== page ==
or the battle to the strong, nor does food come to the wise
    or wealth to the brilliant  or favor to the learned; but time and chance happen to them all.  Moreover, no one knows when their hour will come: As fish are caught in a cruel net,
    or birds are taken in a snare, so people are trapped by evil times  that fall unexpectedly upon them.”)
  3. Power reigns in this life, and the scales are not balanced(Eccl 4:1; “Again I looked and saw all the oppression that was taking place under the sun: I saw the tears of the oppressed—
    and they have no comforter; power was on the side of their oppressors—  and they have no comforter.” 7:15 “In this meaningless life of mine I have seen both of these: the righteous perishing in their righteousness,  and the wicked living long in their wickedness. ).
  4. Nothing in life gives true satisfaction without God including knowledge (1:16-18), ladies and liquor (2:1-3, 8, 10, 11), and great building projects (2:4-6, 18-20).

_______________________

Power reigns in this life and the scales are not balanced.

Solomon comes to the realization that powers reigns in this life and the scales are not balanced. Solomon notes, “Again, I observed all the oppression that takes place under the sun. I saw the tears of the oppressed, with no one to comfort them. The oppressors have great power, and their victims are helpless. (Ecclesiastes 4:1).

People that believe there is no afterlife must concede that Hitler will never face the due punishment for his acts. I am a big Woody Allen movie fan and no other movie better demonstrates Ecclesiastes 4:1 better than the movie CRIMES AND MISDEMEANORS because the character Judah was able to get away with murder and in the end of the movie does not fear that God will punish him. 

If you do not have God in the picture then you must come to the same conclusions that Solomon came to and Woody Allen shows that very clearly in his film.

By the way, the final chapter of Ecclesiastes finishes with Solomon emphasizing that serving God is the only proper response of man. Solomon looks above the sun and brings God back into the picture.  I am hoping that Woody Allen will also come to that same conclusion that Solomon came to concerning the meaning of life and man’s proper place in the universe in Ecclesiastes 12:13-14:
13 Now all has been heard;
here is the conclusion of the matter:
Fear God and keep his commandments,
for this is the whole duty of man.

14 For God will bring every deed into judgment,
including every hidden thing,
whether it is good or evil

Another chapter in Ecclesiastes takes on the issue of death head on.

Ecclesiastes 9:1-12

The Message (MSG)

Ecclesiastes 9

1-3Well, I took all this in and thought it through, inside and out. Here’s what I understood: The good, the wise, and all that they do are in God’s hands—but, day by day, whether it’s love or hate they’re dealing with, they don’t know.

Anything’s possible. It’s one fate for everybody—righteous and wicked, good people, bad people, the nice and the nasty, worshipers and non-worshipers, committed and uncommitted. I find this outrageous—the worst thing about living on this earth—that everyone’s lumped together in one fate. Is it any wonder that so many people are obsessed with evil? Is it any wonder that people go crazy right and left? Life leads to death. That’s it.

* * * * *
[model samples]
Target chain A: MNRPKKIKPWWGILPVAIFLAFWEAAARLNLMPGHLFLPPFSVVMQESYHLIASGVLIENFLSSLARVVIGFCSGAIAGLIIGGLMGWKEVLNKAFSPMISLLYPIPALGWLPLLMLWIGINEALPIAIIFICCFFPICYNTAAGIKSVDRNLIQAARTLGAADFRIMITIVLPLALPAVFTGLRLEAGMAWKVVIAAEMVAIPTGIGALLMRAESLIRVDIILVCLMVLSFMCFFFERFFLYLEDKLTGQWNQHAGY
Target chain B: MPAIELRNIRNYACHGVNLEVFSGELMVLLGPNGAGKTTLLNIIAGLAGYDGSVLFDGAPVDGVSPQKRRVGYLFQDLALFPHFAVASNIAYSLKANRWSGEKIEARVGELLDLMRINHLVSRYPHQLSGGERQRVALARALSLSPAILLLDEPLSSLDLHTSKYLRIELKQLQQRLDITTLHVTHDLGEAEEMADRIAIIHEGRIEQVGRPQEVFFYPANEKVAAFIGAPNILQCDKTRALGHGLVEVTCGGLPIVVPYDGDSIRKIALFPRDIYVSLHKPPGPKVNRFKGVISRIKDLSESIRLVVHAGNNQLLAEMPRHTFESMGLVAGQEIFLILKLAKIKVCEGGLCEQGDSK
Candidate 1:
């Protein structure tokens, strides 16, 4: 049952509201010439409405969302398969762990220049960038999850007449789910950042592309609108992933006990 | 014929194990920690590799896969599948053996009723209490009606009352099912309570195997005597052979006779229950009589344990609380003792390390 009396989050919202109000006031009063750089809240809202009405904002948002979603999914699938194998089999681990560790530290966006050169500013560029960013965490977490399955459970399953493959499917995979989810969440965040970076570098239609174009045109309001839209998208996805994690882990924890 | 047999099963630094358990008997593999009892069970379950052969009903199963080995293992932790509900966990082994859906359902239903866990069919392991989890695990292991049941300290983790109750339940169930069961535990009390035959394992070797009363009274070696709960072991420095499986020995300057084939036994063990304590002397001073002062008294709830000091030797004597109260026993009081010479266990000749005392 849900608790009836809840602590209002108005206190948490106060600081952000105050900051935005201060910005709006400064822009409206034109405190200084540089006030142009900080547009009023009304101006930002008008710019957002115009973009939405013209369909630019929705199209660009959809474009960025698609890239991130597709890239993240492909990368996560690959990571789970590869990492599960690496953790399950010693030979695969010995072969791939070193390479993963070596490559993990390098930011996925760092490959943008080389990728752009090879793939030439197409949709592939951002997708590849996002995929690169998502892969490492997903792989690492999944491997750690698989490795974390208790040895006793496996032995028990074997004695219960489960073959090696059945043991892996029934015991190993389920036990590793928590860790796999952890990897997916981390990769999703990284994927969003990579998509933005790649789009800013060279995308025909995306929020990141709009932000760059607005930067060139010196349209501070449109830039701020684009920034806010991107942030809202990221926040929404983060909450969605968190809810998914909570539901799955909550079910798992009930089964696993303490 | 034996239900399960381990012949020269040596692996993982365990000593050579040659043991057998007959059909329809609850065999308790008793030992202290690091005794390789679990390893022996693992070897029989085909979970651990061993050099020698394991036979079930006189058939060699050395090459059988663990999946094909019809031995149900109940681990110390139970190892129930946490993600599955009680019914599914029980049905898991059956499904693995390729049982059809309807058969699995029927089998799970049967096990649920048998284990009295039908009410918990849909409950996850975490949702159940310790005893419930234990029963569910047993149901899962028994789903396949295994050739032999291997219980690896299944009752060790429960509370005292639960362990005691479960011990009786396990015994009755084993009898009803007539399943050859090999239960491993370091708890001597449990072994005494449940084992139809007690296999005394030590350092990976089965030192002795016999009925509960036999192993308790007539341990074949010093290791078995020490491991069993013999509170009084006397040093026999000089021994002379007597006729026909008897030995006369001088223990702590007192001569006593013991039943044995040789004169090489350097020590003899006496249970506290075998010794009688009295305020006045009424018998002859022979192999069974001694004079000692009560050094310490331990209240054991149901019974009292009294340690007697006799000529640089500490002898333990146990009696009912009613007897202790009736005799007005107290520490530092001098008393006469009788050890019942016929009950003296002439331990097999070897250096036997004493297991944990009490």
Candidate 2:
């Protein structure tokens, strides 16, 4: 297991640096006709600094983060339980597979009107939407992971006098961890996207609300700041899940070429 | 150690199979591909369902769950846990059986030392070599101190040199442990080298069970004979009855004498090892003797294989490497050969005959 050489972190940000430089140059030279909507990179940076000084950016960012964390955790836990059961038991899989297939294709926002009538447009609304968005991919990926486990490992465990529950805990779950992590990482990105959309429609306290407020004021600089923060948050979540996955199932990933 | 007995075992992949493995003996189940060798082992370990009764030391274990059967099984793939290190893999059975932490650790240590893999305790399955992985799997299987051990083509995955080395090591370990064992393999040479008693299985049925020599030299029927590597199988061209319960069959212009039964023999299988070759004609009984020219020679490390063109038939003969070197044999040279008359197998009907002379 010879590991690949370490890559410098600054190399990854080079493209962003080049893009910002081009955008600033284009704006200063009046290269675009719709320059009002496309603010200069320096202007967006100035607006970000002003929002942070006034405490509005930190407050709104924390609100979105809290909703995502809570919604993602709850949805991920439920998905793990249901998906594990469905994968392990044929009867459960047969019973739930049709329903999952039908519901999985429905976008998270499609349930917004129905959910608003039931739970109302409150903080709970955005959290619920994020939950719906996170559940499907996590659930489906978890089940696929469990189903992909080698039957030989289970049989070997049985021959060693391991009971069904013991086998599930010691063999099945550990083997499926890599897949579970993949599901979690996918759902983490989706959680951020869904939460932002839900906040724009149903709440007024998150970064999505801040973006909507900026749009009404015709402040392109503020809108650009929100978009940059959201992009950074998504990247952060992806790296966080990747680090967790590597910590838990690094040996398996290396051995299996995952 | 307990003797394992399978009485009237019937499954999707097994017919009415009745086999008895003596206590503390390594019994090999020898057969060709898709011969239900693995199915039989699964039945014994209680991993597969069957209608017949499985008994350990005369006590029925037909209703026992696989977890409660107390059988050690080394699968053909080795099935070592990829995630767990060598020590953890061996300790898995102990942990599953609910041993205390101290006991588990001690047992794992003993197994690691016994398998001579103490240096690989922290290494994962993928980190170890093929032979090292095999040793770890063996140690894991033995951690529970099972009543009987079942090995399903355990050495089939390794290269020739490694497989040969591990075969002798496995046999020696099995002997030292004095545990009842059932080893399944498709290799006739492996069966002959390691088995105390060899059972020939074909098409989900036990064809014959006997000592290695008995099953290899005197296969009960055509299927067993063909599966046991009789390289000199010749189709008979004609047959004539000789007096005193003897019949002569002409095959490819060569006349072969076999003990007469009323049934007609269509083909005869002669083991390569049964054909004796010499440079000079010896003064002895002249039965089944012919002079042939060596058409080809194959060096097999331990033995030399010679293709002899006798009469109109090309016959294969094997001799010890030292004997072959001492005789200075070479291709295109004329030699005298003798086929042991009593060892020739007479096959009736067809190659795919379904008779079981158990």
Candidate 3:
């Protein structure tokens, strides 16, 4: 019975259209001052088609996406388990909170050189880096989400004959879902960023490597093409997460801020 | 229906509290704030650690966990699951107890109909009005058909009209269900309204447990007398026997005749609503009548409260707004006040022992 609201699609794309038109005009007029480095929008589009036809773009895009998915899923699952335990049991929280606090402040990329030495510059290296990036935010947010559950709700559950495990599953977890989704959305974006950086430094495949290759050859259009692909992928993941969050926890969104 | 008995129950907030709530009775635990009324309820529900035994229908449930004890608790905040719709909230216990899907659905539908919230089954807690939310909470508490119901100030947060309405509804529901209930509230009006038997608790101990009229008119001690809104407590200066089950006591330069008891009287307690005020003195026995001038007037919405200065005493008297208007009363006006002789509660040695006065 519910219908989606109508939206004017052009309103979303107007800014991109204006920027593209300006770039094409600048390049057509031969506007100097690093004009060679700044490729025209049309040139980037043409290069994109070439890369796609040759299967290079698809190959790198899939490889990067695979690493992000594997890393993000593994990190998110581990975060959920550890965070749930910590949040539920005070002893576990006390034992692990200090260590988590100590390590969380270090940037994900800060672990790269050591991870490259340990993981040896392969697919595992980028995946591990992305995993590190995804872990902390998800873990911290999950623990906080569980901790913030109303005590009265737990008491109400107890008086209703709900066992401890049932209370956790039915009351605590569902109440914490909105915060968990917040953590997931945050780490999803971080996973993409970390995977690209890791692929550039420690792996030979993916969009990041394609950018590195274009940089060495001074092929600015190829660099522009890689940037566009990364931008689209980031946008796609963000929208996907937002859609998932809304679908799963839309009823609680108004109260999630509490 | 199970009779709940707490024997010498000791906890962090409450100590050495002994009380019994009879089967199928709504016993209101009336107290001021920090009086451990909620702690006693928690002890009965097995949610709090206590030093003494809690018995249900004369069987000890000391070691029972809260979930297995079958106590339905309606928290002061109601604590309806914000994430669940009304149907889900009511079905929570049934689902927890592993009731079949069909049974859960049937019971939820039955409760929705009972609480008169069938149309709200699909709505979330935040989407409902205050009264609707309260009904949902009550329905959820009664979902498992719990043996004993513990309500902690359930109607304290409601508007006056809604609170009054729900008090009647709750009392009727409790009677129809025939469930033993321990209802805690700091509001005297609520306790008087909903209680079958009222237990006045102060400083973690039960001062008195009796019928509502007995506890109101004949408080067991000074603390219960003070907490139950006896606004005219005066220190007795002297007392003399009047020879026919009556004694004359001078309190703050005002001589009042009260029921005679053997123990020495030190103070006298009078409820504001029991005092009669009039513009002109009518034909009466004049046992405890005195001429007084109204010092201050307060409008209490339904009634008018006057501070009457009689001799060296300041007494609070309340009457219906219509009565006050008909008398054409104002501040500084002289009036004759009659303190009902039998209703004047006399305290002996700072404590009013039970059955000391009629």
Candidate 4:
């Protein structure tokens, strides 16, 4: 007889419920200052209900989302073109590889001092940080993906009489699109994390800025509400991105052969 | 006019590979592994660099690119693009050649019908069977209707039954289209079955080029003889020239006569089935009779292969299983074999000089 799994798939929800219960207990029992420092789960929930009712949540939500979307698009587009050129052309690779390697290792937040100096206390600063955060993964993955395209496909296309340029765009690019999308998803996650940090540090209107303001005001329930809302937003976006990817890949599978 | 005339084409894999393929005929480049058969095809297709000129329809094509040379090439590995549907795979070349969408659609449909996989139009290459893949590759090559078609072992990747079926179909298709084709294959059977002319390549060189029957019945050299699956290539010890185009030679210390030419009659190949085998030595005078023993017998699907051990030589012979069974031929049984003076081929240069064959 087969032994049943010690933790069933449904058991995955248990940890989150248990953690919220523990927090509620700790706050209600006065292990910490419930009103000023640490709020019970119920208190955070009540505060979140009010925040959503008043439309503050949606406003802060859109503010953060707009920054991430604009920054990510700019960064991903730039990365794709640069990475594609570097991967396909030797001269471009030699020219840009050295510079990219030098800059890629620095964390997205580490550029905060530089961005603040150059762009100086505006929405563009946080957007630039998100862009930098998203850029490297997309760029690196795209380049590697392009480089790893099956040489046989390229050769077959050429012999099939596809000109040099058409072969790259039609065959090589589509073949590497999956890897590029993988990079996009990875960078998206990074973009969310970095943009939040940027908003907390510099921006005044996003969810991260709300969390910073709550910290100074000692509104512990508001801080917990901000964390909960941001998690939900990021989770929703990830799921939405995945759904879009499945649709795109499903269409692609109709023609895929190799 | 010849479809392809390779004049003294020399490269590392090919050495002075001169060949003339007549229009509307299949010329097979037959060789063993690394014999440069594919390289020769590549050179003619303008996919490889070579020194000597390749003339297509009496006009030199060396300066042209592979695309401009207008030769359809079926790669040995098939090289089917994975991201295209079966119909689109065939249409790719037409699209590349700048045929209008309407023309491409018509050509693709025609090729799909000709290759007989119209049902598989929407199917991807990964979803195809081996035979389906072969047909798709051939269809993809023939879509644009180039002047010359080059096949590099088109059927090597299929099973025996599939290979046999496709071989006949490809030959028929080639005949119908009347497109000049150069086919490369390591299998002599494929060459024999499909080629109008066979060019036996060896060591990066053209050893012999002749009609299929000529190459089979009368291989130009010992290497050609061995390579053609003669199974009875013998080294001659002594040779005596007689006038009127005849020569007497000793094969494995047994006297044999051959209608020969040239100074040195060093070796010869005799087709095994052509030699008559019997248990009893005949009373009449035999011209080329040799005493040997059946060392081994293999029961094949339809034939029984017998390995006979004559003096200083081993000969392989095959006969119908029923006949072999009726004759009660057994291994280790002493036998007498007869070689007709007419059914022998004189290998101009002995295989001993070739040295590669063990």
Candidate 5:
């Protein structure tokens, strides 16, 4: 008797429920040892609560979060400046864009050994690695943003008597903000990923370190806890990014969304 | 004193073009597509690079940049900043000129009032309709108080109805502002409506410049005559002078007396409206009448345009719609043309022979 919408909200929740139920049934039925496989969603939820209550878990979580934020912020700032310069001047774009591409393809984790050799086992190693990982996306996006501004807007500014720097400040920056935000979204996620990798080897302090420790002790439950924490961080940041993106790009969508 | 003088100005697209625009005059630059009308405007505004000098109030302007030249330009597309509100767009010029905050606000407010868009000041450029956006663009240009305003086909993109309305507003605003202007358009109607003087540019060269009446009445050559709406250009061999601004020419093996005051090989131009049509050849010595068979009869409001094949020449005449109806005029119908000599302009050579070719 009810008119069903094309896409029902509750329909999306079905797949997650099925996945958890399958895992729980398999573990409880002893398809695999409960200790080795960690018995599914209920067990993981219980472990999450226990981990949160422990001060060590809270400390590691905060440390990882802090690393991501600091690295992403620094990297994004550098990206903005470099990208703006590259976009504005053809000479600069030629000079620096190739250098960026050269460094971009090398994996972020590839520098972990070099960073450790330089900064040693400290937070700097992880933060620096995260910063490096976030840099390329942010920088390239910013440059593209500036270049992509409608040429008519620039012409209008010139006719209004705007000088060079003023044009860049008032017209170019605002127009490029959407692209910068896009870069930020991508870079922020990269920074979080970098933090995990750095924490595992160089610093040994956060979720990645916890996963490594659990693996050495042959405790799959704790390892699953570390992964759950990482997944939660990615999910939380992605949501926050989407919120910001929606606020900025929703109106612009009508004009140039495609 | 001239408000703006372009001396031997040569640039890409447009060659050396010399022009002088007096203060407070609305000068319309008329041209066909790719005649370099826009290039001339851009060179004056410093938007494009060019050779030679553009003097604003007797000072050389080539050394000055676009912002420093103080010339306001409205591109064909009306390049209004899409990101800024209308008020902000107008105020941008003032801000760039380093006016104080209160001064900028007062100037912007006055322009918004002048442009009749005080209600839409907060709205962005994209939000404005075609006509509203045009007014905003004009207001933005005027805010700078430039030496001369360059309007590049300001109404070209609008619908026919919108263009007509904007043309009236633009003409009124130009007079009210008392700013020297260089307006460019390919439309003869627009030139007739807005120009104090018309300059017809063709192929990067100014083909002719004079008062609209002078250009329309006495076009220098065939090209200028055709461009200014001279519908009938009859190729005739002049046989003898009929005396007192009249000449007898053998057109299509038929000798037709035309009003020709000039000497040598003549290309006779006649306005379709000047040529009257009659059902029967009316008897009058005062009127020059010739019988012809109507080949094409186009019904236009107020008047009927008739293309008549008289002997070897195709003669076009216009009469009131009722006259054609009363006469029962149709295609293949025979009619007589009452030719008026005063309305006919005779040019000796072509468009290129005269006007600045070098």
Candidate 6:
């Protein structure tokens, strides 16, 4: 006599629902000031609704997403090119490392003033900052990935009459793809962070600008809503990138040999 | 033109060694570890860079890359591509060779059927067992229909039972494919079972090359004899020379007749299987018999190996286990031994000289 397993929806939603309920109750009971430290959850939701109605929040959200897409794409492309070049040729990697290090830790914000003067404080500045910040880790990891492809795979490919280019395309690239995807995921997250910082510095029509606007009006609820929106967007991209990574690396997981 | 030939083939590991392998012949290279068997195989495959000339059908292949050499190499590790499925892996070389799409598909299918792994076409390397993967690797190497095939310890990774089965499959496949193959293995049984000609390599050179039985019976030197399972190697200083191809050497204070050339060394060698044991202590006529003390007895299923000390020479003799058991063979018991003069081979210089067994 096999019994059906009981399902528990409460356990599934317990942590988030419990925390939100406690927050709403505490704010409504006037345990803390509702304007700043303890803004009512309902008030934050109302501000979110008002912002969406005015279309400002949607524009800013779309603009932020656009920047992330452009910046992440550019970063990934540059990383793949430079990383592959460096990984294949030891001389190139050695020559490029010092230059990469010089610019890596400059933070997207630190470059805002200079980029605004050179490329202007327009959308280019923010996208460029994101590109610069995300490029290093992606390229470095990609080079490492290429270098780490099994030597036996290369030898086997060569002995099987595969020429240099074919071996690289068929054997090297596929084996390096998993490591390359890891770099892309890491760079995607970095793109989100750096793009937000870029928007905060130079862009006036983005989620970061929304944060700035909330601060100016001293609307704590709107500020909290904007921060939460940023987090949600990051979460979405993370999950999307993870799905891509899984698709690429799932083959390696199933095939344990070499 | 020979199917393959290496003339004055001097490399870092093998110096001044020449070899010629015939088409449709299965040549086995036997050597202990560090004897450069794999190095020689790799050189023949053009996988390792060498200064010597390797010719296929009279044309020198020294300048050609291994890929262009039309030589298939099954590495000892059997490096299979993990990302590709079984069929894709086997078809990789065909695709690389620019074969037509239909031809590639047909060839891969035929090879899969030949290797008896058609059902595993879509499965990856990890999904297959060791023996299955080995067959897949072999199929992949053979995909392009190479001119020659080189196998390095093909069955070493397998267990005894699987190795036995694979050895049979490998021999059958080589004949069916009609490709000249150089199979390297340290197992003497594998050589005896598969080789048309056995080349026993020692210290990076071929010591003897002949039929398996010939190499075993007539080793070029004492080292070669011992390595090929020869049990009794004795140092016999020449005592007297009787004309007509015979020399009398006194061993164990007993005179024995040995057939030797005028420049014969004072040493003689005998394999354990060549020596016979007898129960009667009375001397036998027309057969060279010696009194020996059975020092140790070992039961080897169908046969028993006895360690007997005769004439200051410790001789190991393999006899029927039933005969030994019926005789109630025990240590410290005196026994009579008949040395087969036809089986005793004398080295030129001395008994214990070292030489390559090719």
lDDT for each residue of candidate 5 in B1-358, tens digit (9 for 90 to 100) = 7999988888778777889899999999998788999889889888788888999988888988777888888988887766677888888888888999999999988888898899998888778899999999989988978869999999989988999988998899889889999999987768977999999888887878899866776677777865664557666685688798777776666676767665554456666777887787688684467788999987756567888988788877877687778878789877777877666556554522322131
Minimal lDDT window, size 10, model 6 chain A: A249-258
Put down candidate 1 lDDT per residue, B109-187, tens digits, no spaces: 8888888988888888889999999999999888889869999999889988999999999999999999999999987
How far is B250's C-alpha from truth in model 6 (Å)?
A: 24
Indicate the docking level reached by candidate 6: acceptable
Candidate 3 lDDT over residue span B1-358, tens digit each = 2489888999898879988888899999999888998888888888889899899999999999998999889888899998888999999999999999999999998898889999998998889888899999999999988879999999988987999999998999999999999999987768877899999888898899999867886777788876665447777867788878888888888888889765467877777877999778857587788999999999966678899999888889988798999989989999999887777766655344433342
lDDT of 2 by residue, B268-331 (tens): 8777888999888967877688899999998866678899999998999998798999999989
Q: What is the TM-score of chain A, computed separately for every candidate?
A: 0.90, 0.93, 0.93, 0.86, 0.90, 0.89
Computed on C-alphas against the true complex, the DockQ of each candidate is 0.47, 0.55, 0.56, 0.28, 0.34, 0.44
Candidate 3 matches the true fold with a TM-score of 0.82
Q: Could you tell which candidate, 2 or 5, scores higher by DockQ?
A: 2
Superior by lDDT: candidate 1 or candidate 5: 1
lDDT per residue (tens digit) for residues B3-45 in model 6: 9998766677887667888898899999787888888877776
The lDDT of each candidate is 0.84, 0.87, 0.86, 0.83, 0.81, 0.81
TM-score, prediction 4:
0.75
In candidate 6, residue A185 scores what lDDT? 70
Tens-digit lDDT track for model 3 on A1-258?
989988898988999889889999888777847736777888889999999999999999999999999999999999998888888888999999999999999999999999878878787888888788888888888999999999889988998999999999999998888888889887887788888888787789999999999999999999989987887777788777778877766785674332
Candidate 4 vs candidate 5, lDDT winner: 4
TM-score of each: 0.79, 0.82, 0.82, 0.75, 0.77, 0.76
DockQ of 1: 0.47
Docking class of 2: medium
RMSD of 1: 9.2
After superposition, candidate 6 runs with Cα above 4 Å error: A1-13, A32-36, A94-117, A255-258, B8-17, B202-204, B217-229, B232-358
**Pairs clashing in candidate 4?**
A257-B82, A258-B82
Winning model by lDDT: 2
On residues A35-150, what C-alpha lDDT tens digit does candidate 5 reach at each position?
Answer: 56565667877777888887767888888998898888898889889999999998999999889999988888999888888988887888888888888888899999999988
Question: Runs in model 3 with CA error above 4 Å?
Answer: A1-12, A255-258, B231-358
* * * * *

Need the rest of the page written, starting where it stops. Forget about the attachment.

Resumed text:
Seize Life!

4-6 Still, anyone selected out for life has hope, for, as they say, “A living dog is better than a dead lion.” The living at least know something, even if it’s only that they’re going to die. But the dead know nothing and get nothing. They’re a minus that no one remembers. Their loves, their hates, yes, even their dreams, are long gone. There’s not a trace of them left in the affairs of this earth.

7-10 Seize life! Eat bread with gusto,
Drink wine with a robust heart.
Oh yes—God takes pleasure in your pleasure!
Dress festively every morning.
Don’t skimp on colors and scarves.
Relish life with the spouse you love
Each and every day of your precarious life.
Each day is God’s gift. It’s all you get in exchange
For the hard work of staying alive.
Make the most of each one!
Whatever turns up, grab it and do it. And heartily!
This is your last and only chance at it,
For there’s neither work to do nor thoughts to think
In the company of the dead, where you’re most certainly headed.

11 I took another walk around the neighborhood and realized that on this earth as it is—

The race is not always to the swift,
Nor the battle to the strong,
Nor satisfaction to the wise,
Nor riches to the smart,
Nor grace to the learned.
Sooner or later bad luck hits us all.

12 No one can predict misfortune.
Like fish caught in a cruel net or birds in a trap,
So men and women are caught
By accidents evil and sudden.

In 1978 I heard the song “Dust in the Wind” by Kansas when it rose to #6 on the charts. That song told me thatKerry Livgren the writer of that song and a member of Kansas had come to the same conclusion that Solomon had. I remember mentioning to my friends at church that we may soon see some members of Kansas become Christians because their search for the meaning of life had obviously come up empty even though they had risen from being an unknown band to the top of the music business and had all the wealth and fame that came with that. Furthermore, like Solomon and Coldplay, they realized death comes to everyone and “there must be something more.”